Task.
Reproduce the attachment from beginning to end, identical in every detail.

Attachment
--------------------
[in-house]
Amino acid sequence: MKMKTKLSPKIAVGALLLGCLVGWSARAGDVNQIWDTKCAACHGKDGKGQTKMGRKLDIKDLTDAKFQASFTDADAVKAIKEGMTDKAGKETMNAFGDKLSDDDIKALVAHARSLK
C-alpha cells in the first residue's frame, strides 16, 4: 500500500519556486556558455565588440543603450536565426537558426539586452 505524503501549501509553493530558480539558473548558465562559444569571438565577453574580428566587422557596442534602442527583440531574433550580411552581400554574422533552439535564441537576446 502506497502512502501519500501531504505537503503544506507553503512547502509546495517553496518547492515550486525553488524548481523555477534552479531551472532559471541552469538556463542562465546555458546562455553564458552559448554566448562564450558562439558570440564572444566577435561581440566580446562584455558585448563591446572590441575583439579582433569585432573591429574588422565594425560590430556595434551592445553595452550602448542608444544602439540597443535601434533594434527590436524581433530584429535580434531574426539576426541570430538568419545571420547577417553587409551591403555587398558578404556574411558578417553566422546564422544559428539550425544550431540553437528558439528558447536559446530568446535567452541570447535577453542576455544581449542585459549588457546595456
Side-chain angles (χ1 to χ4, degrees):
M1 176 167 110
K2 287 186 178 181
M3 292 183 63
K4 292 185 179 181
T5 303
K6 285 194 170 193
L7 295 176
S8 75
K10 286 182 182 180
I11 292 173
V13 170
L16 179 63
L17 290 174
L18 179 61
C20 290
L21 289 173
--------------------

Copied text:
[in-house]
Amino acid sequence: MKMKTKLSPKIAVGALLLGCLVGWSARAGDVNQIWDTKCAACHGKDGKGQTKMGRKLDIKDLTDAKFQASFTDADAVKAIKEGMTDKAGKETMNAFGDKLSDDDIKALVAHARSLK
C-alpha cells in the first residue's frame, strides 16, 4: 500500500519556486556558455565588440543603450536565426537558426539586452 505524503501549501509553493530558480539558473548558465562559444569571438565577453574580428566587422557596442534602442527583440531574433550580411552581400554574422533552439535564441537576446 502506497502512502501519500501531504505537503503544506507553503512547502509546495517553496518547492515550486525553488524548481523555477534552479531551472532559471541552469538556463542562465546555458546562455553564458552559448554566448562564450558562439558570440564572444566577435561581440566580446562584455558585448563591446572590441575583439579582433569585432573591429574588422565594425560590430556595434551592445553595452550602448542608444544602439540597443535601434533594434527590436524581433530584429535580434531574426539576426541570430538568419545571420547577417553587409551591403555587398558578404556574411558578417553566422546564422544559428539550425544550431540553437528558439528558447536559446530568446535567452541570447535577453542576455544581449542585459549588457546595456
Side-chain angles (χ1 to χ4, degrees):
M1 176 167 110
K2 287 186 178 181
M3 292 183 63
K4 292 185 179 181
T5 303
K6 285 194 170 193
L7 295 176
S8 75
K10 286 182 182 180
I11 292 173
V13 170
L16 179 63
L17 290 174
L18 179 61
C20 290
L21 289 173